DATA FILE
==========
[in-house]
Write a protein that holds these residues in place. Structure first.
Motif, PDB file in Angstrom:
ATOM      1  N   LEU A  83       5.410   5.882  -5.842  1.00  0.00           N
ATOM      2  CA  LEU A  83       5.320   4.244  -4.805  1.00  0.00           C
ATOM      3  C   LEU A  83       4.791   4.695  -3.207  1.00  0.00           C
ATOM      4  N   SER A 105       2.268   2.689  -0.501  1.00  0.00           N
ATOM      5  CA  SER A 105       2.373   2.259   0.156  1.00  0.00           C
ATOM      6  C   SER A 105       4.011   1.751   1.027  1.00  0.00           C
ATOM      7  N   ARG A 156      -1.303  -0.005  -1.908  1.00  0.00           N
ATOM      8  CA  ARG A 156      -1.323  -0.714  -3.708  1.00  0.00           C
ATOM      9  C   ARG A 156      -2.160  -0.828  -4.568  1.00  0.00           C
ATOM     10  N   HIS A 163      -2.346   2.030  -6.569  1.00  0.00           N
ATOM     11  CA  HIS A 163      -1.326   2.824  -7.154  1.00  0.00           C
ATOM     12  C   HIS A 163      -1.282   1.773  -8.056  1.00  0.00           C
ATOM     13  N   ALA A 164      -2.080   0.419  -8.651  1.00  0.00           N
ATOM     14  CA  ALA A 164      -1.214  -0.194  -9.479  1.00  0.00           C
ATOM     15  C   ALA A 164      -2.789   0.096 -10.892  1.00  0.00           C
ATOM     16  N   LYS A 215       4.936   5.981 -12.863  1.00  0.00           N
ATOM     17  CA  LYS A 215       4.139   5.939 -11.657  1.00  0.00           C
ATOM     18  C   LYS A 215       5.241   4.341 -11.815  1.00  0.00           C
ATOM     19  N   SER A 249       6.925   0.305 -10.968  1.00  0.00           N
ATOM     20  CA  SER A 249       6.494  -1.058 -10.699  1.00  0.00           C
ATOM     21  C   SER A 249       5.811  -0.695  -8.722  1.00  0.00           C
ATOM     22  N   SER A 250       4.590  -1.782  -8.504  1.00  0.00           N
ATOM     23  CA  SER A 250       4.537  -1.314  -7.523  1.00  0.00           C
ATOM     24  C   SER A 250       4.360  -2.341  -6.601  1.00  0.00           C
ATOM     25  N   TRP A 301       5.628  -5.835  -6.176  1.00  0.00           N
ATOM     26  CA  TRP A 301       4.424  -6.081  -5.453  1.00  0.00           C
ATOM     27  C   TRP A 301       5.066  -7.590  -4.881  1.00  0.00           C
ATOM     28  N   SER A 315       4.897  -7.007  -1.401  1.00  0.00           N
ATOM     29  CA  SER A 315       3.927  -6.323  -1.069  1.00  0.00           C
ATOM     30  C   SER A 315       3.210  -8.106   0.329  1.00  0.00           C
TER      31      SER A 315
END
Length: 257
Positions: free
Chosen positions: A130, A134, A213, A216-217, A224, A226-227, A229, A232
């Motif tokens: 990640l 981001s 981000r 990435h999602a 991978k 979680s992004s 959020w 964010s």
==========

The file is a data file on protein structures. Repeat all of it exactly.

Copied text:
[in-house]
Write a protein that holds these residues in place. Structure first.
Motif, PDB file in Angstrom:
ATOM      1  N   LEU A  83       5.410   5.882  -5.842  1.00  0.00           N
ATOM      2  CA  LEU A  83       5.320   4.244  -4.805  1.00  0.00           C
ATOM      3  C   LEU A  83       4.791   4.695  -3.207  1.00  0.00           C
ATOM      4  N   SER A 105       2.268   2.689  -0.501  1.00  0.00           N
ATOM      5  CA  SER A 105       2.373   2.259   0.156  1.00  0.00           C
ATOM      6  C   SER A 105       4.011   1.751   1.027  1.00  0.00           C
ATOM      7  N   ARG A 156      -1.303  -0.005  -1.908  1.00  0.00           N
ATOM      8  CA  ARG A 156      -1.323  -0.714  -3.708  1.00  0.00           C
ATOM      9  C   ARG A 156      -2.160  -0.828  -4.568  1.00  0.00           C
ATOM     10  N   HIS A 163      -2.346   2.030  -6.569  1.00  0.00           N
ATOM     11  CA  HIS A 163      -1.326   2.824  -7.154  1.00  0.00           C
ATOM     12  C   HIS A 163      -1.282   1.773  -8.056  1.00  0.00           C
ATOM     13  N   ALA A 164      -2.080   0.419  -8.651  1.00  0.00           N
ATOM     14  CA  ALA A 164      -1.214  -0.194  -9.479  1.00  0.00           C
ATOM     15  C   ALA A 164      -2.789   0.096 -10.892  1.00  0.00           C
ATOM     16  N   LYS A 215       4.936   5.981 -12.863  1.00  0.00           N
ATOM     17  CA  LYS A 215       4.139   5.939 -11.657  1.00  0.00           C
ATOM     18  C   LYS A 215       5.241   4.341 -11.815  1.00  0.00           C
ATOM     19  N   SER A 249       6.925   0.305 -10.968  1.00  0.00           N
ATOM     20  CA  SER A 249       6.494  -1.058 -10.699  1.00  0.00           C
ATOM     21  C   SER A 249       5.811  -0.695  -8.722  1.00  0.00           C
ATOM     22  N   SER A 250       4.590  -1.782  -8.504  1.00  0.00           N
ATOM     23  CA  SER A 250       4.537  -1.314  -7.523  1.00  0.00           C
ATOM     24  C   SER A 250       4.360  -2.341  -6.601  1.00  0.00           C
ATOM     25  N   TRP A 301       5.628  -5.835  -6.176  1.00  0.00           N
ATOM     26  CA  TRP A 301       4.424  -6.081  -5.453  1.00  0.00           C
ATOM     27  C   TRP A 301       5.066  -7.590  -4.881  1.00  0.00           C
ATOM     28  N   SER A 315       4.897  -7.007  -1.401  1.00  0.00           N
ATOM     29  CA  SER A 315       3.927  -6.323  -1.069  1.00  0.00           C
ATOM     30  C   SER A 315       3.210  -8.106   0.329  1.00  0.00           C
TER      31      SER A 315
END
Length: 257
Positions: free
Chosen positions: A130, A134, A213, A216-217, A224, A226-227, A229, A232
């Motif tokens: 990640l 981001s 981000r 990435h999602a 991978k 979680s992004s 959020w 964010s």